Rev. Mariama White-Hammond was born in Boston, MA in 1979. The child of two preacher-doctors, Rev. Mariama grew up with an understanding that God calls us all to serve our fellow man. She serves on the ministerial staff at Bethel AME Church where she is the Minister for Ecological Justice and the Interim Youth Pastor. In May 2017 she graduated from Boston University School of Theology with a Masters of Divinity.

Rev. Mariama challenges the Christian church to embrace a more radical understanding of the life and mission of Jesus Christ. She believes that the church must be responsive to issues like street violence, mass incarceration, climate change, AIDS, food security, and human rights. She is actively engaged on social justice issues ranging from immigration policy to fair wage issues. She is a leader in the Massachusetts Moral Revival, the local branch a national faith-based intersectional movement for justice led by Rev. William Barber. She was the MC for both the Boston Women’s March and Boston People’s Climate Mobilization.

Rev. Mariama is very committed to engaging the faith community, and particularly Black church on climate change and ecological justice issues. She speaks throughout the country and serves on both local and national boards and committees like the New England Grassroots Environmental Fund, Clean Water Action and Green the Church. In addition to her work at Bethel AME Church, Rev. Mariama is also a fellow with the Green Justice Coalition, a collaborative of People-of-Color-led environmental groups.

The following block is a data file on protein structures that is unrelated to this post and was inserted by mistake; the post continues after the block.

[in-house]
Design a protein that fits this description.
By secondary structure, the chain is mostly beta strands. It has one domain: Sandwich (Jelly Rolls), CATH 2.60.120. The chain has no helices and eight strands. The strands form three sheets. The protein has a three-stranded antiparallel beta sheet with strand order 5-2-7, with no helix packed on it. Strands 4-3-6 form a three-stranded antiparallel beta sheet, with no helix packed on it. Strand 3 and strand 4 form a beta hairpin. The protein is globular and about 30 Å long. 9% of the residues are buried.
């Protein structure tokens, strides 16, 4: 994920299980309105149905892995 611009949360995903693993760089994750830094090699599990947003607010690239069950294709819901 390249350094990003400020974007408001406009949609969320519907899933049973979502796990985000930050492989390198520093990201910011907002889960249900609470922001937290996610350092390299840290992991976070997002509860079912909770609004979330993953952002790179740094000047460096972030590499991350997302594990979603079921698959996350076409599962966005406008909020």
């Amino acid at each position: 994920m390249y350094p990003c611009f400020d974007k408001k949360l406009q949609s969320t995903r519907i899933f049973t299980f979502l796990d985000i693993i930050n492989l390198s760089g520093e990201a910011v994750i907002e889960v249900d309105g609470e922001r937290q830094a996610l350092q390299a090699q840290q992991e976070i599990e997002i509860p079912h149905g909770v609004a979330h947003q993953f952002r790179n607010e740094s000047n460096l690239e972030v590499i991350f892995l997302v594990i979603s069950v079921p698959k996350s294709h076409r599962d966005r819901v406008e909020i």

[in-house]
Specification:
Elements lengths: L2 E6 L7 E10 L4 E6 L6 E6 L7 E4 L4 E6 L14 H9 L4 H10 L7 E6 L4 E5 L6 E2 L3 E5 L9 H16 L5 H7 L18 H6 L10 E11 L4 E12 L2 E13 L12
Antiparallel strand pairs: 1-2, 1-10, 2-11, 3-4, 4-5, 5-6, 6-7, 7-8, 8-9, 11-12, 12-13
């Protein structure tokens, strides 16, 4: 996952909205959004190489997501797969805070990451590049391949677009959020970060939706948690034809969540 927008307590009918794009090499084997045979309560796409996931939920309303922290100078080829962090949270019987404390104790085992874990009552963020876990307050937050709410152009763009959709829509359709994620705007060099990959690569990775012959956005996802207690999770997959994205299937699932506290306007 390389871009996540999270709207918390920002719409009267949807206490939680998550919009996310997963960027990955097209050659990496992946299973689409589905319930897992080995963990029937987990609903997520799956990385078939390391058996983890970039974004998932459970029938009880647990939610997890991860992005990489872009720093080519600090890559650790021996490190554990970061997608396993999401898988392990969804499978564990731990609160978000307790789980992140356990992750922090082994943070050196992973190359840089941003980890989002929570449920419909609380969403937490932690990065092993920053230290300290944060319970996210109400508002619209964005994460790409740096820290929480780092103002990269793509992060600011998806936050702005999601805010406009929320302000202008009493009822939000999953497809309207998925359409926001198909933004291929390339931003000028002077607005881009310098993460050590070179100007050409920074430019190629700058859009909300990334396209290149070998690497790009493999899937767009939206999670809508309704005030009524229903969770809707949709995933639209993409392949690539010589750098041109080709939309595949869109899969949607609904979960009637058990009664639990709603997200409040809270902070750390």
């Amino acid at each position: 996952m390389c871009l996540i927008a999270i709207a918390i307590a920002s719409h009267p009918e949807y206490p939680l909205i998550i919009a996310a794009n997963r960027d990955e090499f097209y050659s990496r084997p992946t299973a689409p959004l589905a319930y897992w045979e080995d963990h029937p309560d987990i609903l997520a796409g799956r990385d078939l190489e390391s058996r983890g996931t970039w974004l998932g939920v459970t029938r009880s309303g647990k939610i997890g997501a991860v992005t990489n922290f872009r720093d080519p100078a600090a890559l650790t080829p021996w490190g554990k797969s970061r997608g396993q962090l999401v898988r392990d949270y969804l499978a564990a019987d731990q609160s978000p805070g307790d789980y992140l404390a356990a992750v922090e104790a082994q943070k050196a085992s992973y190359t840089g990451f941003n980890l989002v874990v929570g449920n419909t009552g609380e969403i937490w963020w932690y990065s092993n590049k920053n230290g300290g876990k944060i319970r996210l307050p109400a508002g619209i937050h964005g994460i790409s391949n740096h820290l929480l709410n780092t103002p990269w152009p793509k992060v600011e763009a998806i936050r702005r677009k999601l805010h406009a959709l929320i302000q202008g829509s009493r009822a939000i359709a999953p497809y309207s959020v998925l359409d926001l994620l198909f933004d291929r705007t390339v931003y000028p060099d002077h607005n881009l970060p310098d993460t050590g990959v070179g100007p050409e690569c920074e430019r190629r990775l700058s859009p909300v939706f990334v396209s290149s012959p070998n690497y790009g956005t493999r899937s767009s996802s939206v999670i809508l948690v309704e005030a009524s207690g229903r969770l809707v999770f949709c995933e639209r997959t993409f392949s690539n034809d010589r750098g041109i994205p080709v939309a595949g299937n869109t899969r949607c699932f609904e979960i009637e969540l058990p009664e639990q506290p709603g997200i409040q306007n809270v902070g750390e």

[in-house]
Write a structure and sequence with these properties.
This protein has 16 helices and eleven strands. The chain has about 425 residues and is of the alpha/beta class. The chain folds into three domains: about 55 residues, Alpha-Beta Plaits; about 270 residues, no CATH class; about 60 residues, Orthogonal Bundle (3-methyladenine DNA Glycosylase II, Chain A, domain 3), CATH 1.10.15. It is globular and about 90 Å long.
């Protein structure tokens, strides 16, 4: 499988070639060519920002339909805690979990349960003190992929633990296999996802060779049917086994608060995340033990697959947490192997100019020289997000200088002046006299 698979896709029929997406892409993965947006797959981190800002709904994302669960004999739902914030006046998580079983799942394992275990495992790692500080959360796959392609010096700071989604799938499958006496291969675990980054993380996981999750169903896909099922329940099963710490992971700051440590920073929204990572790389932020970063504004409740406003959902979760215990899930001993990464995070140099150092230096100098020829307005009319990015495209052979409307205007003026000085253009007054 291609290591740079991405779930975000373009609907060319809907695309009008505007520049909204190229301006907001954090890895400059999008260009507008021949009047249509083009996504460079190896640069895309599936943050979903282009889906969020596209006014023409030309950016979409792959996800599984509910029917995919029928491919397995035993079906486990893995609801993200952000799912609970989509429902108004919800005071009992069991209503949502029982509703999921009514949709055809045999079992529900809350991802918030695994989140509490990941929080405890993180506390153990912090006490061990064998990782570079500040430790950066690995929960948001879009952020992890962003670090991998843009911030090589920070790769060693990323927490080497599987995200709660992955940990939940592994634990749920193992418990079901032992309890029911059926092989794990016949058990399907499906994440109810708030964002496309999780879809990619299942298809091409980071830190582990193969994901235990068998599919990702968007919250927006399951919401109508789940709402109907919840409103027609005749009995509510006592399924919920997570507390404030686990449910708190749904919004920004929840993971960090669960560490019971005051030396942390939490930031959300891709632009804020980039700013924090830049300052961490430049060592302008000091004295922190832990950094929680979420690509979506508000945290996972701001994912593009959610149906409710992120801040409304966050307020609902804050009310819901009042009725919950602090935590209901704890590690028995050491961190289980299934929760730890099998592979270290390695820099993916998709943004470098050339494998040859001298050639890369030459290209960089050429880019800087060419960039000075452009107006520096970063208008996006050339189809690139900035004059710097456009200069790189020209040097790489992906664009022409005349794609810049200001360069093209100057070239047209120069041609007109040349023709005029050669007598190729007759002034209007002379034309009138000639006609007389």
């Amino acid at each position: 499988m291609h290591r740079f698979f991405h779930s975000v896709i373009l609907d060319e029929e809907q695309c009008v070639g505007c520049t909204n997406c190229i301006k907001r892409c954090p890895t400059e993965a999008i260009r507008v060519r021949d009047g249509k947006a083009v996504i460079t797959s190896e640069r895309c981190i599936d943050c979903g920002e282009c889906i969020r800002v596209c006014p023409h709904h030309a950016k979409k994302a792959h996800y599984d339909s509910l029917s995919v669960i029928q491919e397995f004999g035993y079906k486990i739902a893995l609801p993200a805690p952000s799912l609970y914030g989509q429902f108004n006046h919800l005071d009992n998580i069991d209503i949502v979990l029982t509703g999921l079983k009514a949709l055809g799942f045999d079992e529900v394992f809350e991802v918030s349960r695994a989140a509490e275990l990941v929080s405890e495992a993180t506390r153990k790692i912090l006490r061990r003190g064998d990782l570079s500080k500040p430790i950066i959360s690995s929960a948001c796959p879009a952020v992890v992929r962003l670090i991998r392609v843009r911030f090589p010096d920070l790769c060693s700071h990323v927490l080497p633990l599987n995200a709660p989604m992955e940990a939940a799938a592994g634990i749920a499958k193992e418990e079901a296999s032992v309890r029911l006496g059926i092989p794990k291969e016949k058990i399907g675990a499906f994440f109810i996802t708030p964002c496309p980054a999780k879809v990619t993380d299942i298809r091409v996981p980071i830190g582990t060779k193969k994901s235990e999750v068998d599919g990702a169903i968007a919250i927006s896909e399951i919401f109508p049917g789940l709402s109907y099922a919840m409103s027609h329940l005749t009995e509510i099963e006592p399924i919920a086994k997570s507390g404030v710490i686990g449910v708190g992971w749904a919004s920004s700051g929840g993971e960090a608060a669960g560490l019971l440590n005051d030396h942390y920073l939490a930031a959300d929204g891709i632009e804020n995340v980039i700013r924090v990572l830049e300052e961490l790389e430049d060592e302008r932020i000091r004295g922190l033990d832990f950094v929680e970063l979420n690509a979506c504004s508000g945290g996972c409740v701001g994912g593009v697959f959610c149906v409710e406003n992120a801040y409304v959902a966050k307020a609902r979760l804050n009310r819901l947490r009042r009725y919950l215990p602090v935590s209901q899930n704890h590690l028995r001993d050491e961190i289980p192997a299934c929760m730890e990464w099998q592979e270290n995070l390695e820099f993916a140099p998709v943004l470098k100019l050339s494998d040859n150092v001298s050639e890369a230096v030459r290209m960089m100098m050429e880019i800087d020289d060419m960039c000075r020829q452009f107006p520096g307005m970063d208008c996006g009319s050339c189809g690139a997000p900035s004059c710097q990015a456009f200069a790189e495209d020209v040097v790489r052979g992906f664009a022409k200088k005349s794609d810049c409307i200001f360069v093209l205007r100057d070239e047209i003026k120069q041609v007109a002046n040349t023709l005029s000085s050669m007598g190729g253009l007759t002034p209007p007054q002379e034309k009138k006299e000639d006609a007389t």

Detailed Schedule:

  • 9:00 - 11:00 a.m. - Torah Study

    With Rabbi Zecher, Rabbi Jacobson, and Cantor Einhorn

  • 11:15 a.m. - 12:15 p.m. - Plenary Session with Mitchell Thomashow: Wonder Reciprocity and Response: How Heschel’s Depth Theology Provides Guidance for Environmental Challenges

    Environmental challenges such as climate change, species extinction, and threats to biodiversity raise fundamental questions about human survival, meaning and purpose. Environmental and social activists, in living with these challenges navigate four existential tensions: the relationships between creation and extinction, hope and foreboding, wonder and indifference, faith and doubt. Heschel’s “depth theology” offers extraordinary insight into these psycho-spiritual questions. His notions of reverence, awe, wonder, reciprocity, and response provide activists and educators with remarkable spiritual support and guidance. This talk will explain why and how Heschel’s work is vital for contemporary environmental thought.

  • 12:15 - 1:00 p.m. - Lunch

  • 1:15 - 2:15 p.m. - Plenary Session with Reverend Mariama White Hammond of Bethel AME Church: Answering the Call - The Faith Response to the Ecological Crisis

  • 2:30 - 3:30 p.m. - First block of workshops (See below for full descriptions & bios)

    Workshop Options:

    1. Singing for Our Lives: The Power of Prayer & Song in Climate Action (Rabbi Shoshana Friedman).

    2. Analysis of Hope: How We Can and Will Solve the Climate Problem (Harvey Michaels and Susan Israel).

    3. The Three R's and How to Make them as Easy as ABC in Your Life (Sharon Bort).